The Bank of England Minutes from the 9 February meeting on monetary policy was somewhat more dovish than the market had anticipated. Our expectation was that the decision to increase the asset purchase target by £50bn to £325bn was unanimous, but it turned out that two members of the committee, David Miles and Adam Posen, preferred to increase the programme by £75bn. While the current programme runs over three months, it was not specified how the dissenters wanted to spread out the purchases. The market considered prior to the release that there would be three dissenters – but that these had preferred not to do more QE at all. The result was a complete shift in market sentiment and the interpretation was that the MPC clearly upholds a dovish stance and that more gilt purchases are more likely to be announced when the current programme finishes.
QE programme is likely to be extended in May
Our base rate indicator clearly suggests that more QE will be announced in May. No less than eight out of ten input factors are below trend and five of these are substantially below fair value (defined as more than one standard deviation away from 10-year mean). Especially low consumer confidence, money growth and declining disposable incomes for households are weighing down on the indicator. Only the most recent pick-up in service sector sentiment and still high current inflation suggest some normalisation of rates. The outlook for monetary policy today can be compared to 2009; back then, the BoE ended up buying gilts worth £200bn to combat the economic and financial crisis. To avoid a technical double dip recession, we think the BoE will end up having spent the same amount again when this year is over, i.e. QE totalling £400bn.
This publication has been prepared by Danske Bank for information purposes only. It is not an offer or solicitation of any offer to purchase or sell any financial instrument. Whilst reasonable care has been taken to ensure that its contents are not untrue or misleading, no representation is made as to its accuracy or completeness and no liability is accepted for any loss arising from reliance on it. Danske Bank, its affiliates or staff, may perform services for, solicit business from, hold long or short positions in, or otherwise be interested in the investments (including derivatives), of any issuer mentioned herein. Danske Bank's research analysts are not permitted to invest in securities under coverage in their research sector.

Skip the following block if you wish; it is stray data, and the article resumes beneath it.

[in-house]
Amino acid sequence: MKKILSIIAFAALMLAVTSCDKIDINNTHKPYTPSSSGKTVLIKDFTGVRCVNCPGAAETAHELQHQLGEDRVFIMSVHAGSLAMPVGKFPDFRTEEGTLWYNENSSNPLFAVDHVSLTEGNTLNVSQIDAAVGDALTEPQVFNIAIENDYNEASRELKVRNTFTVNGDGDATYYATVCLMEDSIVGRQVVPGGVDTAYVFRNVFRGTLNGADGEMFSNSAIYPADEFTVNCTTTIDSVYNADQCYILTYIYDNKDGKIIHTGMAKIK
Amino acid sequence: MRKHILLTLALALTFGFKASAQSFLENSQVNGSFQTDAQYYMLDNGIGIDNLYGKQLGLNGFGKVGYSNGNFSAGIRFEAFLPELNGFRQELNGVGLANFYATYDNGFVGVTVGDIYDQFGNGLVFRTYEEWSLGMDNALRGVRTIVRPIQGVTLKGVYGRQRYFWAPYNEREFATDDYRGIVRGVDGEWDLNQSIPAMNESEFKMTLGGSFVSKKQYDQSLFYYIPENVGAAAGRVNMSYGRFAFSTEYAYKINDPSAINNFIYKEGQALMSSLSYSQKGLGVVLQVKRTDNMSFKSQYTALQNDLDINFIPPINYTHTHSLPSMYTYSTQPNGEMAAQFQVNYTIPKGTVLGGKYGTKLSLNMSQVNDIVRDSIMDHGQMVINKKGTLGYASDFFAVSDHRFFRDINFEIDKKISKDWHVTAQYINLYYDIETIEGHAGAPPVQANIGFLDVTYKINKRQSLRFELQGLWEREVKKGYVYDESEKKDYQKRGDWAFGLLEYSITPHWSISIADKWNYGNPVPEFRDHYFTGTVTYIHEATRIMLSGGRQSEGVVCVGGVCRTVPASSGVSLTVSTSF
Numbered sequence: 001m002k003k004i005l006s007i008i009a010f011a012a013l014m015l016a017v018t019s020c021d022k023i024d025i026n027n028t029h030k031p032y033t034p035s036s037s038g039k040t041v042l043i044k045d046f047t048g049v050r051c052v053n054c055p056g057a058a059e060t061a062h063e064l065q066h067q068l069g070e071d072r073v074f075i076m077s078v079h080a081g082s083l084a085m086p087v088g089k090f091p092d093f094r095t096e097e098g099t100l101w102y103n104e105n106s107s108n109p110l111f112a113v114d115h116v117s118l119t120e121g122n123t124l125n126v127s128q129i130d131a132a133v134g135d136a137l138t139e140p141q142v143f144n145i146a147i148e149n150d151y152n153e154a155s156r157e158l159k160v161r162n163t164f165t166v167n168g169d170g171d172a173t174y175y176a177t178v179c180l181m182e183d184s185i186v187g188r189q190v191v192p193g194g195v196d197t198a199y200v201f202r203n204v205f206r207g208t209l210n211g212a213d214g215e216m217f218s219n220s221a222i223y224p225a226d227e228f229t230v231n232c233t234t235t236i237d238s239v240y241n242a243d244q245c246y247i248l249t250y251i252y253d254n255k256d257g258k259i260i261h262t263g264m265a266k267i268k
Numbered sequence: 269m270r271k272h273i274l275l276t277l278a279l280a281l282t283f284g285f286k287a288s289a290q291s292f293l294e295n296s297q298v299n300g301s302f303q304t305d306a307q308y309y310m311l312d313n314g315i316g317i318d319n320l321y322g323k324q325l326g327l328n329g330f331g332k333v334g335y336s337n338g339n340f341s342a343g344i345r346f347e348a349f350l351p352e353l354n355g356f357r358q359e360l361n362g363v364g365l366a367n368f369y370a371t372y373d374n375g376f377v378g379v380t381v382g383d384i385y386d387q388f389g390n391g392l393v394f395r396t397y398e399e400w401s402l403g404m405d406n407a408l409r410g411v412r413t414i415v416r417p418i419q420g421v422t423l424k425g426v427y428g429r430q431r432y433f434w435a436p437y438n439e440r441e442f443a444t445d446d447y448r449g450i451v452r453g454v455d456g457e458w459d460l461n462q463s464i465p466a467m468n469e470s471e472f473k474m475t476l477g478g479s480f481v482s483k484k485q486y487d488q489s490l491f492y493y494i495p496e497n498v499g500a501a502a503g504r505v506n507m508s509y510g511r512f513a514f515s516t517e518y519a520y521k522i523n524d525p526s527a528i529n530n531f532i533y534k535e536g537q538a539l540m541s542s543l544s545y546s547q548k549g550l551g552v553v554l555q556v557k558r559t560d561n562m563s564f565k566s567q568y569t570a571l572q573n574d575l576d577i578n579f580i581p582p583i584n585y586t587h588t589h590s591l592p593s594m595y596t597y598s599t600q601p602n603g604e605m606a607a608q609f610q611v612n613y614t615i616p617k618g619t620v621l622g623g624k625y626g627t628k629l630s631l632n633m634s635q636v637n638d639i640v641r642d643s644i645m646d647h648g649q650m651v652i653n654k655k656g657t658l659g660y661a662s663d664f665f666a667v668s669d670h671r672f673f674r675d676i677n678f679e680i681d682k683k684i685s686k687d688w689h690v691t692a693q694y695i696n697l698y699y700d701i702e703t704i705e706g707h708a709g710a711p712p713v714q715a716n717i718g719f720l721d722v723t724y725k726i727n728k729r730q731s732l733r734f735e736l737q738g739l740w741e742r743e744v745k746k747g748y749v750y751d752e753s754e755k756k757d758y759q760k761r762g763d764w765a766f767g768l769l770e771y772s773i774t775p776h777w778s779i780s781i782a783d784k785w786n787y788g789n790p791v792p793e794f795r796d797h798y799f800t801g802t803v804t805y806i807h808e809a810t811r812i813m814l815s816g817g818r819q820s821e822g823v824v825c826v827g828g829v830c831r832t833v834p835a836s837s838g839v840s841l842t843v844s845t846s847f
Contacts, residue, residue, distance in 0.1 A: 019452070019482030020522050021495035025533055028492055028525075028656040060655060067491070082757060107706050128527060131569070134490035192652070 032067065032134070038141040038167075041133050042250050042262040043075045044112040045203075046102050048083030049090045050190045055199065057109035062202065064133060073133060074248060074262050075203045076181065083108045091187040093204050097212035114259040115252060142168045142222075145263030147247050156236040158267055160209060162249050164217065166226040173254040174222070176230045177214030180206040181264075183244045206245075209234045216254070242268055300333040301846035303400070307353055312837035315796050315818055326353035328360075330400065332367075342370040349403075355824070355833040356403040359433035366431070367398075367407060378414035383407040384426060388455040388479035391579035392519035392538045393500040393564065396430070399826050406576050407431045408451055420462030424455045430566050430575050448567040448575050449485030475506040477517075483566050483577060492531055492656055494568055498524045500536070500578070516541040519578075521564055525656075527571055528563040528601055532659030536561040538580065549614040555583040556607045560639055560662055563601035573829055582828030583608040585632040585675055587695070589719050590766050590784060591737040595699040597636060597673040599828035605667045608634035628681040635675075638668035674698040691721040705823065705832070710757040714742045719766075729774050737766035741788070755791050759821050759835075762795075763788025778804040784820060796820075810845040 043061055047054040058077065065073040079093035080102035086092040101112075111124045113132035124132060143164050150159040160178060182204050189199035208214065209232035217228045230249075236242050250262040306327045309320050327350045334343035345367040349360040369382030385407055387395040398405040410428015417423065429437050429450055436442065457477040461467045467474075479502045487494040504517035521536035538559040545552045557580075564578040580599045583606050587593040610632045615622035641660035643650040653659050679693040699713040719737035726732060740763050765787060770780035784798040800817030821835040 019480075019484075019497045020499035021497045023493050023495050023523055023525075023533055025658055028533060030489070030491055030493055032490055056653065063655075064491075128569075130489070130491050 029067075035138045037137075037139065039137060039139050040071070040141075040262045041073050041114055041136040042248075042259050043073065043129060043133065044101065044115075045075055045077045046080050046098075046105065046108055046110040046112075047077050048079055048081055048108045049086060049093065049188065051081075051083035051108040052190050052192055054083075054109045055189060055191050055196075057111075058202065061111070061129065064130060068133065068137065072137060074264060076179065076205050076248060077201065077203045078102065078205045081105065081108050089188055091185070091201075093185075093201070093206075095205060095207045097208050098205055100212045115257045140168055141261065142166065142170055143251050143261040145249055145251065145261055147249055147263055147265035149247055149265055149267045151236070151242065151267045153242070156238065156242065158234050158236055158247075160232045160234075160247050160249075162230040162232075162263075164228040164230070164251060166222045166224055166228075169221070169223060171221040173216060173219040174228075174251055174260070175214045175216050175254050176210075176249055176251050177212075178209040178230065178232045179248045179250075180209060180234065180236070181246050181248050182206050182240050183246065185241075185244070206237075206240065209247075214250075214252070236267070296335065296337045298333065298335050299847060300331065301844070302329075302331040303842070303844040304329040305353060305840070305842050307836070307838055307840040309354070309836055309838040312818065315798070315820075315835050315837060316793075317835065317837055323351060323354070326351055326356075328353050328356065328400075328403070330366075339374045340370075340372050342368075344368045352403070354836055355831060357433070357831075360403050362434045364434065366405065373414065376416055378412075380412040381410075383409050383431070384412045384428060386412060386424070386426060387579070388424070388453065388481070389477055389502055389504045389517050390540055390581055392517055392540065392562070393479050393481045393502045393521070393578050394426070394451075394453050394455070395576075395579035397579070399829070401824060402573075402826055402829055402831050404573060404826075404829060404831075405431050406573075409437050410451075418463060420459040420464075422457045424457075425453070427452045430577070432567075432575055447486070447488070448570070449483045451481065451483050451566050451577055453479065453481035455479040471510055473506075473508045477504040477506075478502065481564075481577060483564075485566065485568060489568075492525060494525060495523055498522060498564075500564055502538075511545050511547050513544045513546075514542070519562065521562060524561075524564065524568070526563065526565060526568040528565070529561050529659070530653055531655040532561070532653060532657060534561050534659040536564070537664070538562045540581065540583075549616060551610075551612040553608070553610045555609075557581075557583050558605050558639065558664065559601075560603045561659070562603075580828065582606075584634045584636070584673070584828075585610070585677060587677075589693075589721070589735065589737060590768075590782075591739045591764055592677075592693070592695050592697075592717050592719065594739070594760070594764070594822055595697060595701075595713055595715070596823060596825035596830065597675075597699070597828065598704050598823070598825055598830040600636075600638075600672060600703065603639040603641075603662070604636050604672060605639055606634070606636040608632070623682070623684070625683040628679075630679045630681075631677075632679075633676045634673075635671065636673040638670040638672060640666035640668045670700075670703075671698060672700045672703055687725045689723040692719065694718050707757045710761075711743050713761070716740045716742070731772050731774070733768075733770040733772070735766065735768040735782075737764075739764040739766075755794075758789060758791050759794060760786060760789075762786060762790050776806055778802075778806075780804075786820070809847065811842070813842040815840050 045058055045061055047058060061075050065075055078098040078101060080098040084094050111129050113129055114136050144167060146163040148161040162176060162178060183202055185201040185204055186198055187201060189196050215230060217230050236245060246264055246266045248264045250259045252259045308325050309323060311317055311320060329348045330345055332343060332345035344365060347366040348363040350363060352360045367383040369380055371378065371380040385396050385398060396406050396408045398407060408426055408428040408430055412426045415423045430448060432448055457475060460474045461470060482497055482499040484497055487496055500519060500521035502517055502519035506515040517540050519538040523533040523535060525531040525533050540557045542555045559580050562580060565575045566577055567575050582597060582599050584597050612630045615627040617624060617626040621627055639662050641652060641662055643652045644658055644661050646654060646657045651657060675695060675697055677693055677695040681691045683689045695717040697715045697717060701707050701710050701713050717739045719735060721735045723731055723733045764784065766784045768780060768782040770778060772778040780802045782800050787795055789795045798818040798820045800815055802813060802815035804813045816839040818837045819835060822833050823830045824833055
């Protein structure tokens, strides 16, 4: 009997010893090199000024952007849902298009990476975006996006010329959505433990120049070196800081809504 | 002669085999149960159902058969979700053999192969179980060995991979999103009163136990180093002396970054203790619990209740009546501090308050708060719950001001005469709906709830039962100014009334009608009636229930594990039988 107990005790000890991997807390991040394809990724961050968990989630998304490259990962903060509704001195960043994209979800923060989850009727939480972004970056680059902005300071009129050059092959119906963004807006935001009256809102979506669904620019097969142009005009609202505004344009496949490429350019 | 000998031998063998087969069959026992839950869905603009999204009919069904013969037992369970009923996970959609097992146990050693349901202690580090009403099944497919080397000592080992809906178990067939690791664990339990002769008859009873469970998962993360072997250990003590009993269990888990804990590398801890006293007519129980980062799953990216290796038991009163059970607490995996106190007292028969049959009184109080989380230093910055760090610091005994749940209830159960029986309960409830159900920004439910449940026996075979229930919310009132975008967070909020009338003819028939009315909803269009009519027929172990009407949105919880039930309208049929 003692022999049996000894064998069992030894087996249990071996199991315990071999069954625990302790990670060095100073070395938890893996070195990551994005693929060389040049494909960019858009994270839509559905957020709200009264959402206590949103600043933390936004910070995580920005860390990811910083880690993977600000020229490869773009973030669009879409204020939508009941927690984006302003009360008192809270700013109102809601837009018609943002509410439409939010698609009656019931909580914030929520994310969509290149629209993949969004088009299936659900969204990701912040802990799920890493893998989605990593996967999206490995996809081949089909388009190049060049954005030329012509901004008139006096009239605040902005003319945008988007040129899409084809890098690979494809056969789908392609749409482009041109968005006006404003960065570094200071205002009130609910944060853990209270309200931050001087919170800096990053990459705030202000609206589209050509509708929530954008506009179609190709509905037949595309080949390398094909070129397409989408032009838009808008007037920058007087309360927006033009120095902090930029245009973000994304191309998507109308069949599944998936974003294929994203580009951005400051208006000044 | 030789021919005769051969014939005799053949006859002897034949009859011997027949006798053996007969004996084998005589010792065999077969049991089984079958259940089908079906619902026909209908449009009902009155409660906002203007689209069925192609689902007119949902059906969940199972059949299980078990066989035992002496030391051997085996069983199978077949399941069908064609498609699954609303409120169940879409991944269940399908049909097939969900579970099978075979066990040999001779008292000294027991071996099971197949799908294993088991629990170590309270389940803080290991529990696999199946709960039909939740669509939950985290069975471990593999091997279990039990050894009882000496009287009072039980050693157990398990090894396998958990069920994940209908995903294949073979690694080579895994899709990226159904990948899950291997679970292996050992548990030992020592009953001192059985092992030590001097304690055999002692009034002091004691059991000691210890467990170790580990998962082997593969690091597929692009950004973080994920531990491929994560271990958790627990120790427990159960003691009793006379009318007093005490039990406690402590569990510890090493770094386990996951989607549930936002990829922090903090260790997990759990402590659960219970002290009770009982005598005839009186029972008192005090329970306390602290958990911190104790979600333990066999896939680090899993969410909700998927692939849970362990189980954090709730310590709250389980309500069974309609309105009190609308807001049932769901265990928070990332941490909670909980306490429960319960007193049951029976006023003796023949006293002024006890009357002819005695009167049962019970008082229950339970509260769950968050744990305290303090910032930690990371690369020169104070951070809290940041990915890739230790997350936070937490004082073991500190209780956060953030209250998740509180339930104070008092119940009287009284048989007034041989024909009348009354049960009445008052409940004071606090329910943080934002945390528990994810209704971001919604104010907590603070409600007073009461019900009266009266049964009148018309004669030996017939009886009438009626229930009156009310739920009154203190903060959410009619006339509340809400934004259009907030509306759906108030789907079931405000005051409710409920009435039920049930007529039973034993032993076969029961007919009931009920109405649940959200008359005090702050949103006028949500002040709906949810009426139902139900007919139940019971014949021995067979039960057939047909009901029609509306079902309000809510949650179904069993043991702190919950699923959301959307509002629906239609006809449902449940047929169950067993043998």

This publication is not intended for private customers in the UK or any person in the US. Danske Bank A/S is regulated by the FSA for the conduct of designated investment business in the UK and is a member of the London Stock Exchange.
Copyright () Danske Bank A/S. All rights reserved. This publication is protected by copyright and may not be reproduced in whole or in part without permission.
Don't miss it out!
You can be one of the five winners of this contest, with prizes of up to $10,000 in trading accounts and more gifts.
Trading foreign exchange on margin carries a high level of risk and may not be suitable for all investors. The high degree of leverage can work against you as well as for you. Before deciding to trade foreign exchange you should carefully consider your investment objectives, level of experience and risk appetite. The possibility exists that you could sustain a loss of some or all of your initial investment and therefore you should not invest money that you cannot afford to lose. You should be aware of all the risks associated with foreign exchange trading and seek advice from an independent financial advisor if you have any doubts.
Opinions expressed at FXStreet are those of the individual authors and do not necessarily represent the opinion of FXStreet or its management. FXStreet has not verified the accuracy or basis-in-fact of any claim or statement made by any independent author: errors and Omissions may occur.Any opinions, news, research, analyses, prices or other information contained on this website, by FXStreet, its employees, partners or contributors, is provided as general market commentary and does not constitute investment advice. FXStreet will not accept liability for any loss or damage, including without limitation to, any loss of profit, which may arise directly or indirectly from use of or reliance on such information.